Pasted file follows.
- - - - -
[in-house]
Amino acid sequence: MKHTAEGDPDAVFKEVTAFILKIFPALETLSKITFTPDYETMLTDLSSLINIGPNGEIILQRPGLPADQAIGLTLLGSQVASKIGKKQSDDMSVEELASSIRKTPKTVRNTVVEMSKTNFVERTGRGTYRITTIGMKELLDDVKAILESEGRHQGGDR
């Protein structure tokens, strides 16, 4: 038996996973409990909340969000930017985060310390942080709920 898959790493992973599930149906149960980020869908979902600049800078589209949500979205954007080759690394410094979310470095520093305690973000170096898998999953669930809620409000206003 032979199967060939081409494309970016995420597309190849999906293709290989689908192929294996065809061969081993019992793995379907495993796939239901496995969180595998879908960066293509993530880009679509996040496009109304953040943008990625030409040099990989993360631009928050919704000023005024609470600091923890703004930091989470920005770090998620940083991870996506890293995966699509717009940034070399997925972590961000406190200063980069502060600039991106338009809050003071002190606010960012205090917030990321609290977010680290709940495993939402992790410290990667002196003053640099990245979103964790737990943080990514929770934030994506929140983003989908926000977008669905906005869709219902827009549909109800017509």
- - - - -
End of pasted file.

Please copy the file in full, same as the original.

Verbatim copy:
[in-house]
Amino acid sequence: MKHTAEGDPDAVFKEVTAFILKIFPALETLSKITFTPDYETMLTDLSSLINIGPNGEIILQRPGLPADQAIGLTLLGSQVASKIGKKQSDDMSVEELASSIRKTPKTVRNTVVEMSKTNFVERTGRGTYRITTIGMKELLDDVKAILESEGRHQGGDR
């Protein structure tokens, strides 16, 4: 038996996973409990909340969000930017985060310390942080709920 898959790493992973599930149906149960980020869908979902600049800078589209949500979205954007080759690394410094979310470095520093305690973000170096898998999953669930809620409000206003 032979199967060939081409494309970016995420597309190849999906293709290989689908192929294996065809061969081993019992793995379907495993796939239901496995969180595998879908960066293509993530880009679509996040496009109304953040943008990625030409040099990989993360631009928050919704000023005024609470600091923890703004930091989470920005770090998620940083991870996506890293995966699509717009940034070399997925972590961000406190200063980069502060600039991106338009809050003071002190606010960012205090917030990321609290977010680290709940495993939402992790410290990667002196003053640099990245979103964790737990943080990514929770934030994506929140983003989908926000977008669905906005869709219902827009549909109800017509």